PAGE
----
For some other sites that offer tips on how to manage and care for your natural hair check out Natural Hair Care Guide and Going Natural

More Hair!

6 responses to this post.

  1. Posted by Pat on October 22, 2009 at 4:57 pm

    Dear Anu,

    I purchased 5 bundles of Baby Curl with the intension of getting twists. At the time I ordered the stylist, who once did hair in New York, told me I needed 5 bundles. However, when I got to the shop, the stylist said “You Don’t have Enough Hair”. She then gave me micro-breads at the roots and twists on the ends. My question is, how many bags of hair do you recommend for twists that larger than micro twists that appear at your website for this type of hair?


    • Dear Pat,
      When a Stylist knows how to use the Baby Curl hair, five bundles are definitely enough unless you have crazy thick hair or want the twist longer than the regular length of the extensions. Which would mean she’d need more hair to make the twist longer. The confusion comes from the fact that the hair looks deceptively sparse, but it’s not. It’s much more dense that it appears and you only need a small amount for each twist. The Baby Curl twist is achieve by braiding the hair in, otherwise the twist would slide out if they were just twisted in at the root. But what I believe happened was she just used too much of it in each twist. You only need a sliver of hair for each twist. All that to say 5 bundles are plenty.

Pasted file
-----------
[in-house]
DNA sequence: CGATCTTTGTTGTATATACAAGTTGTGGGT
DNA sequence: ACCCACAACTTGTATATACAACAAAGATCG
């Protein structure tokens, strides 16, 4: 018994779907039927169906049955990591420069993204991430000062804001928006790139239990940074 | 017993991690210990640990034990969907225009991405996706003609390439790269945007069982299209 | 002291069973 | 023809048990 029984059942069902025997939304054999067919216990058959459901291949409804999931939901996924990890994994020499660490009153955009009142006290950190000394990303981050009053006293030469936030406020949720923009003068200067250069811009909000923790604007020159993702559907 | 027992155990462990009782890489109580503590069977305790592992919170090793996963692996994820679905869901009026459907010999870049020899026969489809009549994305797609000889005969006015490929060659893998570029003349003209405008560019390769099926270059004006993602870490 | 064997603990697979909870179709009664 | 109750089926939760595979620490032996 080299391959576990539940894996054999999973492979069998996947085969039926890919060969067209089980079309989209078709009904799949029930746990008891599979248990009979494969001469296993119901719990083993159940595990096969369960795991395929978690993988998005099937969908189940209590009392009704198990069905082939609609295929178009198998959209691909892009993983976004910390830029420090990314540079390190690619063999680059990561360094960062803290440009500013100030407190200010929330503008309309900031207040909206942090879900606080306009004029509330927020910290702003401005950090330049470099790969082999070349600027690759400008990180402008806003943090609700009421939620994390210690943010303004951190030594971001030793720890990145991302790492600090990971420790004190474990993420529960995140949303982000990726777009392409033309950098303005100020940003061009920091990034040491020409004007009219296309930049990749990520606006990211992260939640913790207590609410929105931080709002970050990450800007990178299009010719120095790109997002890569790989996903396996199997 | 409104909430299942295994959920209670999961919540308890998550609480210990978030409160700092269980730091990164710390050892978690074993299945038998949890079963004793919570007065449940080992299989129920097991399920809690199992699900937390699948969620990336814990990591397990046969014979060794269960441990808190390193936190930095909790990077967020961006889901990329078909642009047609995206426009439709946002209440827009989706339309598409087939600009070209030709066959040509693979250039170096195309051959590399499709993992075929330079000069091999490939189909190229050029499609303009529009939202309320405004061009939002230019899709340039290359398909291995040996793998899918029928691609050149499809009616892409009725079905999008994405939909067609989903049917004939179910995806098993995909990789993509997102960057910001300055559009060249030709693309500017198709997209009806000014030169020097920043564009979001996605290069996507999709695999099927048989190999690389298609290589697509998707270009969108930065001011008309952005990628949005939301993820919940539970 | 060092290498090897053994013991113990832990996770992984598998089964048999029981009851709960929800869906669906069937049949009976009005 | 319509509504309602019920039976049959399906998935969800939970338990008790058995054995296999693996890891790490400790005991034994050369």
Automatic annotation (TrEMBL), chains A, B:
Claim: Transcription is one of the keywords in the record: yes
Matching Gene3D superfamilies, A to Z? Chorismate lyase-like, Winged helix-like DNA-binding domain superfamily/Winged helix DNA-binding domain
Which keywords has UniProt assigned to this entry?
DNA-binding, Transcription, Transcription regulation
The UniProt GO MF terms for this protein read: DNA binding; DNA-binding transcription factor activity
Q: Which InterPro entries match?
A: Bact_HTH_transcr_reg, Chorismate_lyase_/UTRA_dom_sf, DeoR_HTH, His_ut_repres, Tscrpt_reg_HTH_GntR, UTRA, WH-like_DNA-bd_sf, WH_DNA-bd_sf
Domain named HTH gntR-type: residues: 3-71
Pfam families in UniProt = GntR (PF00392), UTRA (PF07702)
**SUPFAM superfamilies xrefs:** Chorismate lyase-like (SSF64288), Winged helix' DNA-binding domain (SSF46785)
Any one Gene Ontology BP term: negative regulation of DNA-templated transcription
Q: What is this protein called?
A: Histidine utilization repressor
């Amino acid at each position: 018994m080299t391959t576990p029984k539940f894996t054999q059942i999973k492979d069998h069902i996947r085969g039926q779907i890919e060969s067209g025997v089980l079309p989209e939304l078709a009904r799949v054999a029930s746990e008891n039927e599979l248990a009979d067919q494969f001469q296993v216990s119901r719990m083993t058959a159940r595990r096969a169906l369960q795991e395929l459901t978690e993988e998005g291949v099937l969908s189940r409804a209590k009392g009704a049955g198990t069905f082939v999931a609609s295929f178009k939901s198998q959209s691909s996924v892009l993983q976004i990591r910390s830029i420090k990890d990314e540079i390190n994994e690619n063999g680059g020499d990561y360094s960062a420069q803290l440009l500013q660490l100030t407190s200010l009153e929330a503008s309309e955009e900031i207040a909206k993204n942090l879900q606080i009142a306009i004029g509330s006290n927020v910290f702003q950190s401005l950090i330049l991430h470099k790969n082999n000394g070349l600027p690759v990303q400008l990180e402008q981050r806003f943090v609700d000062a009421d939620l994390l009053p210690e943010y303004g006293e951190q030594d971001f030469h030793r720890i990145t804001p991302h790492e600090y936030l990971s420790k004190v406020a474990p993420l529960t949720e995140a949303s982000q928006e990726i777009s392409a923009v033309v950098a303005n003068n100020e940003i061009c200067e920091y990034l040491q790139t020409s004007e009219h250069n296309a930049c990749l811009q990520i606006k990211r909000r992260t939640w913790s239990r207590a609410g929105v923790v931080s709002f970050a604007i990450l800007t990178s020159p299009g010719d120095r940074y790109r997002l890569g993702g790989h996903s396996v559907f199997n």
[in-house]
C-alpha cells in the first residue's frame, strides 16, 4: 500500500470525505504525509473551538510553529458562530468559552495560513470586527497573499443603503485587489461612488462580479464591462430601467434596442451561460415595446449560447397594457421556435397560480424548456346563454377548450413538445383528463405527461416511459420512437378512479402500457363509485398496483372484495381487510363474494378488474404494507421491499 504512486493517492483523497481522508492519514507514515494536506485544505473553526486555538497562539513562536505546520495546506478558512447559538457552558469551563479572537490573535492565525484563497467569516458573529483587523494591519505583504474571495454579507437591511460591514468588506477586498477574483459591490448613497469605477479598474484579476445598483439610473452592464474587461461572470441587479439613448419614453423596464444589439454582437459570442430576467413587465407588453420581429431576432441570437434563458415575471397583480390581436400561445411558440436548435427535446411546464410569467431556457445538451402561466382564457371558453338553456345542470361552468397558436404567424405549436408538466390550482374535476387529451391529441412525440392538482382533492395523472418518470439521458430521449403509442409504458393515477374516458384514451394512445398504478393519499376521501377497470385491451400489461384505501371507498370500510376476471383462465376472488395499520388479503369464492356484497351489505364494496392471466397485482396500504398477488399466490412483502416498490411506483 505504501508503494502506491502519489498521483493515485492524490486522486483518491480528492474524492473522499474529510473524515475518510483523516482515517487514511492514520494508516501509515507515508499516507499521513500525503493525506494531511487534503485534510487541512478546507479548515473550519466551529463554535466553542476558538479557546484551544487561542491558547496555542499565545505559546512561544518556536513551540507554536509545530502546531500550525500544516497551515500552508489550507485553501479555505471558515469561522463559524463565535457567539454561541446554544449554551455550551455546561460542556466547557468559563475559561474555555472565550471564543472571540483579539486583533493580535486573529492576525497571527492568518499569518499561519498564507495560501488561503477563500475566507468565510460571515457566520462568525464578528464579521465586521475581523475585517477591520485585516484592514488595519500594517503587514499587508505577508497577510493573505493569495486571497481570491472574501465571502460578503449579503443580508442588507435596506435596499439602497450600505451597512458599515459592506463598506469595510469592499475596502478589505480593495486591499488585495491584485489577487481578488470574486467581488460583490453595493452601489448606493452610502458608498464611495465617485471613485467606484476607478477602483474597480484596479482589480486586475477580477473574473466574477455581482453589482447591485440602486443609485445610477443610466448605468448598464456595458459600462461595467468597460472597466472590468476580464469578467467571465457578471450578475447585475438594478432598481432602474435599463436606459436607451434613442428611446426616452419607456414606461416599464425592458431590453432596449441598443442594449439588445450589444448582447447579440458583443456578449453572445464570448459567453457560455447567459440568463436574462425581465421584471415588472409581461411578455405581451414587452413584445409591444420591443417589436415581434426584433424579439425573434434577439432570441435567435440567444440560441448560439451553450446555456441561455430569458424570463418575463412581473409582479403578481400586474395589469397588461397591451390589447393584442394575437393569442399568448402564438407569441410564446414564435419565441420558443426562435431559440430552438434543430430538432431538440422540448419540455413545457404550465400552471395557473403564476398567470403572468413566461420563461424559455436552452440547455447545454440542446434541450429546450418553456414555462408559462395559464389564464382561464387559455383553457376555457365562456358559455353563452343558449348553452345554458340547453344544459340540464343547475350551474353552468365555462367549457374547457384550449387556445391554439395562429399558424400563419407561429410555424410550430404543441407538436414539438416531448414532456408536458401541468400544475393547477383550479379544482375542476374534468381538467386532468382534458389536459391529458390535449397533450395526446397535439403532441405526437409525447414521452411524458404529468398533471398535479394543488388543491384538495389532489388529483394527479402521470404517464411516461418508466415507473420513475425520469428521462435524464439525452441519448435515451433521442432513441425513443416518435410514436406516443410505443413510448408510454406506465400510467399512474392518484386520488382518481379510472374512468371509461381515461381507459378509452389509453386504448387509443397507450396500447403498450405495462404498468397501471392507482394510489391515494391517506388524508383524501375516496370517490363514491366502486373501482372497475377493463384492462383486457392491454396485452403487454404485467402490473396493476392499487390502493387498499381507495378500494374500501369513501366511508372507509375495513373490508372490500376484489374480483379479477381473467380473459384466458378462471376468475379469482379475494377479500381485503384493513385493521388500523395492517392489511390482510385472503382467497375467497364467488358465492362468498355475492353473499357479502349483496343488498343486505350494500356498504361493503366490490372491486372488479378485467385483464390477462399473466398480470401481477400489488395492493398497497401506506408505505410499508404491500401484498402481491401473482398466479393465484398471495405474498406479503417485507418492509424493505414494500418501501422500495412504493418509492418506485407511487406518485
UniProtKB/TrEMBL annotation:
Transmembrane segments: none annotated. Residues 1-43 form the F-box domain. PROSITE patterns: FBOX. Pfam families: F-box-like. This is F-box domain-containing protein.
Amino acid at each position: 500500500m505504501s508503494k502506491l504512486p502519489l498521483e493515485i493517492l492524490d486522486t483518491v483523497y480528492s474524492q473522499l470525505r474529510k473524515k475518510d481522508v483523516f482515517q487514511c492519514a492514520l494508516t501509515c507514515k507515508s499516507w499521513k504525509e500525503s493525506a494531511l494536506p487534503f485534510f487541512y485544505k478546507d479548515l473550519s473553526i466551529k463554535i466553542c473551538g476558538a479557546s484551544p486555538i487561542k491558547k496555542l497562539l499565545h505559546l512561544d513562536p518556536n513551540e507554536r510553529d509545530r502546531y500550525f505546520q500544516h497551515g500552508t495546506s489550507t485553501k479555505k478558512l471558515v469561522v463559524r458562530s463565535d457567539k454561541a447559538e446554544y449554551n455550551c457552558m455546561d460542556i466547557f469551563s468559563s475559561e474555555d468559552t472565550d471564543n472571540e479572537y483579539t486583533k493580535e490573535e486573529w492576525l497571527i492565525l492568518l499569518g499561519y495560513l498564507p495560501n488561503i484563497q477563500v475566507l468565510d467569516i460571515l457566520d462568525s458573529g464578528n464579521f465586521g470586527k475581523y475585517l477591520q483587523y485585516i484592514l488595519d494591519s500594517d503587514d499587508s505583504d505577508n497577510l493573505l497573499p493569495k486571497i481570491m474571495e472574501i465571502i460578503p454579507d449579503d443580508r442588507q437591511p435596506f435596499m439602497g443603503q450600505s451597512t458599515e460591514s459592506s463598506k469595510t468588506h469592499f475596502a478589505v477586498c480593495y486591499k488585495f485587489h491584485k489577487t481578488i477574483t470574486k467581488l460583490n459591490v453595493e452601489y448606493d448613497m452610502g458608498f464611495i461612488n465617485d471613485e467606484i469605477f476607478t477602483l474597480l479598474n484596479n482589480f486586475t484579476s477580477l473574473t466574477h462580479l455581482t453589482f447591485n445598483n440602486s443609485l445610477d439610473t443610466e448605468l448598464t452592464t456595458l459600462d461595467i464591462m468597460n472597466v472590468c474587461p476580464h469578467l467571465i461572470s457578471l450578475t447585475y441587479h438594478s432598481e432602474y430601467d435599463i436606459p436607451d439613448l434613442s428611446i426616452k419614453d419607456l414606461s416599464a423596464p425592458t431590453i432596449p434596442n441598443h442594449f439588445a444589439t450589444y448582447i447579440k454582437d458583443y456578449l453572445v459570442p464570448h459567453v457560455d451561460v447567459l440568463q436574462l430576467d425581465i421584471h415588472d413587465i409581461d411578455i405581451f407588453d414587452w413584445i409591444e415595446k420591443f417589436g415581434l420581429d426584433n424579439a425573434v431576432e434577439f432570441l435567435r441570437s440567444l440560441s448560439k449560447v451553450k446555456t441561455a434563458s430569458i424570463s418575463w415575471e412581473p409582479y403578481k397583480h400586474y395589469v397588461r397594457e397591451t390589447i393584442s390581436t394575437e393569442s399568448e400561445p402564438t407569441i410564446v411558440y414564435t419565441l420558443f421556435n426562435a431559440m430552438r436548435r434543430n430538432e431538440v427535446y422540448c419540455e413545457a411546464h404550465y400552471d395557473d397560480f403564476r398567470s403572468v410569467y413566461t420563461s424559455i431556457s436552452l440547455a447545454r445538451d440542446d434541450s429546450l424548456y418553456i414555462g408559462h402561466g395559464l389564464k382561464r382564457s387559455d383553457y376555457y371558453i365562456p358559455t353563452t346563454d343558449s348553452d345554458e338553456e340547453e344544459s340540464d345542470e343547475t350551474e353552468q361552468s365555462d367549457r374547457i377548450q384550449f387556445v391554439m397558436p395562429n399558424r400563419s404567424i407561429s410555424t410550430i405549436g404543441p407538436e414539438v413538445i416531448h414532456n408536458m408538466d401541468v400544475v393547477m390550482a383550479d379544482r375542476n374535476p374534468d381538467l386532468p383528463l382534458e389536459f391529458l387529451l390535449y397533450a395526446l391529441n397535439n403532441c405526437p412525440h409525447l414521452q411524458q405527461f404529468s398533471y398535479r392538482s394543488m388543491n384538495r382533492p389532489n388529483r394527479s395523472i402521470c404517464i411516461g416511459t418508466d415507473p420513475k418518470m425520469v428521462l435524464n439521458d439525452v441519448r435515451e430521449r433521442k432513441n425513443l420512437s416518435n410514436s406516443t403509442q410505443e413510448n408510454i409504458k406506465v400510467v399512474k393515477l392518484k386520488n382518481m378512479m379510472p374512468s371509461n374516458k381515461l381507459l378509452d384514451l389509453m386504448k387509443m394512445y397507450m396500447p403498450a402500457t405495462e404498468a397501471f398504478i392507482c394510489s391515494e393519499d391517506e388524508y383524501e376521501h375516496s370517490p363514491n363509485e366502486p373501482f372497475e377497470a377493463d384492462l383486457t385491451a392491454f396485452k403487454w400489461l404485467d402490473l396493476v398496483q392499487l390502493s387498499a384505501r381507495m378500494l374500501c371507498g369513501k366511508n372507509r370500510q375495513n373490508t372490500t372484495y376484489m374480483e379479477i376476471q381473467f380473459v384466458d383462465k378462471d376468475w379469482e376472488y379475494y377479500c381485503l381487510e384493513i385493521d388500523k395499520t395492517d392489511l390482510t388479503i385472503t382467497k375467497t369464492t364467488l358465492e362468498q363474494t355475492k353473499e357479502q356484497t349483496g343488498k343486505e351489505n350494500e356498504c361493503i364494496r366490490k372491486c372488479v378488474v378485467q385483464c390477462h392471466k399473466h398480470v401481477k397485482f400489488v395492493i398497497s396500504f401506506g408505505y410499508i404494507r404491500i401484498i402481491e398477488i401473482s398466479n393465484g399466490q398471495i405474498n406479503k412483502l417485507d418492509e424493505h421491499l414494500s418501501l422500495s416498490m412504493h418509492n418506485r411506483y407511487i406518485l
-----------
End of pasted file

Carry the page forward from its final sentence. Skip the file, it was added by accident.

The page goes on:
2. Posted by Soyini on February 1, 2011 at 5:46 pm

    Hello Anu,

    I don’t think it’s so much that people cannot manage or care for their natural hair, it is that they don’t like the way it looks.

    I have been natural for many years, and am always trying to find a hair style that I like, but none of the styles really looks good to me, unless hair is added. I don’t have a lot of hair and it shrinks a lot. So, the issue for me is that I wish I had more hair, not straight hair.


    • Soyini,
      Your name is very familiar. You mentioned you doing your hair. Do go to professionals from time to time? Some times you can receive advise, techniques or inspiration from visiting a professional that would be difficult to glean on your own. We all wish we had more hair. But alas, we have to work with what we have and if we don’t know how, seek professional guidance.